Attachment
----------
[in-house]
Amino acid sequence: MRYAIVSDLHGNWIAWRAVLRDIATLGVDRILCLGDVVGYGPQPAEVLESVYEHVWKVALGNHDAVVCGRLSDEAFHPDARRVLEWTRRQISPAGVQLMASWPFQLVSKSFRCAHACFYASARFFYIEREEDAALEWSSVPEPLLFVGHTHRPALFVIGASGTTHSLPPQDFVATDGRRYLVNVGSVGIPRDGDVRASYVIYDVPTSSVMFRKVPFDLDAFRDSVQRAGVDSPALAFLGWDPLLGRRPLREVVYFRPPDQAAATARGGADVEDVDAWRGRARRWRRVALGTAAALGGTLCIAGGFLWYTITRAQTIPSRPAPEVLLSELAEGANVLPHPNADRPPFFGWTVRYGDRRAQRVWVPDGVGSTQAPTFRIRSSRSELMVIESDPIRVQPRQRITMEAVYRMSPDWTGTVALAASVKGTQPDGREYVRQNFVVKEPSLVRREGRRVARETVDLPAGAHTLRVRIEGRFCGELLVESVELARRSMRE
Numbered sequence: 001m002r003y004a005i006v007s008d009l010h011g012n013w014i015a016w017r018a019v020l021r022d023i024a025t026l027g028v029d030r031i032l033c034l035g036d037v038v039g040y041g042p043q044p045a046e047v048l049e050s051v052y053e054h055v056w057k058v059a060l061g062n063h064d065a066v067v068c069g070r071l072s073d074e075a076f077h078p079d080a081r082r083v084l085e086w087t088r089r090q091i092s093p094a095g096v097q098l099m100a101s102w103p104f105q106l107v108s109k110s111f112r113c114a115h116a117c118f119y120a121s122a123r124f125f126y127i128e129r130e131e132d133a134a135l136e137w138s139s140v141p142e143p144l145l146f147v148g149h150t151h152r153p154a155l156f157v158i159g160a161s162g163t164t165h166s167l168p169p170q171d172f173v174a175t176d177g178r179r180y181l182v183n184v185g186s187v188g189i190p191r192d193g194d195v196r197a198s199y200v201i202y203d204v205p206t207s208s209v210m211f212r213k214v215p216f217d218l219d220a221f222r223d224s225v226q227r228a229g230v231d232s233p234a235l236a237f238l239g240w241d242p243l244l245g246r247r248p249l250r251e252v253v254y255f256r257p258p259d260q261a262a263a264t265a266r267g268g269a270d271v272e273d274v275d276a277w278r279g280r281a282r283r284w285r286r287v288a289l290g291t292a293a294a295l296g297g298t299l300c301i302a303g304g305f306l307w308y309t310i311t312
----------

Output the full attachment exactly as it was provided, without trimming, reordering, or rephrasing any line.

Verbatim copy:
[in-house]
Amino acid sequence: MRYAIVSDLHGNWIAWRAVLRDIATLGVDRILCLGDVVGYGPQPAEVLESVYEHVWKVALGNHDAVVCGRLSDEAFHPDARRVLEWTRRQISPAGVQLMASWPFQLVSKSFRCAHACFYASARFFYIEREEDAALEWSSVPEPLLFVGHTHRPALFVIGASGTTHSLPPQDFVATDGRRYLVNVGSVGIPRDGDVRASYVIYDVPTSSVMFRKVPFDLDAFRDSVQRAGVDSPALAFLGWDPLLGRRPLREVVYFRPPDQAAATARGGADVEDVDAWRGRARRWRRVALGTAAALGGTLCIAGGFLWYTITRAQTIPSRPAPEVLLSELAEGANVLPHPNADRPPFFGWTVRYGDRRAQRVWVPDGVGSTQAPTFRIRSSRSELMVIESDPIRVQPRQRITMEAVYRMSPDWTGTVALAASVKGTQPDGREYVRQNFVVKEPSLVRREGRRVARETVDLPAGAHTLRVRIEGRFCGELLVESVELARRSMRE
Numbered sequence: 001m002r003y004a005i006v007s008d009l010h011g012n013w014i015a016w017r018a019v020l021r022d023i024a025t026l027g028v029d030r031i032l033c034l035g036d037v038v039g040y041g042p043q044p045a046e047v048l049e050s051v052y053e054h055v056w057k058v059a060l061g062n063h064d065a066v067v068c069g070r071l072s073d074e075a076f077h078p079d080a081r082r083v084l085e086w087t088r089r090q091i092s093p094a095g096v097q098l099m100a101s102w103p104f105q106l107v108s109k110s111f112r113c114a115h116a117c118f119y120a121s122a123r124f125f126y127i128e129r130e131e132d133a134a135l136e137w138s139s140v141p142e143p144l145l146f147v148g149h150t151h152r153p154a155l156f157v158i159g160a161s162g163t164t165h166s167l168p169p170q171d172f173v174a175t176d177g178r179r180y181l182v183n184v185g186s187v188g189i190p191r192d193g194d195v196r197a198s199y200v201i202y203d204v205p206t207s208s209v210m211f212r213k214v215p216f217d218l219d220a221f222r223d224s225v226q227r228a229g230v231d232s233p234a235l236a237f238l239g240w241d242p243l244l245g246r247r248p249l250r251e252v253v254y255f256r257p258p259d260q261a262a263a264t265a266r267g268g269a270d271v272e273d274v275d276a277w278r279g280r281a282r283r284w285r286r287v288a289l290g291t292a293a294a295l296g297g298t299l300c301i302a303g304g305f306l307w308y309t310i311t312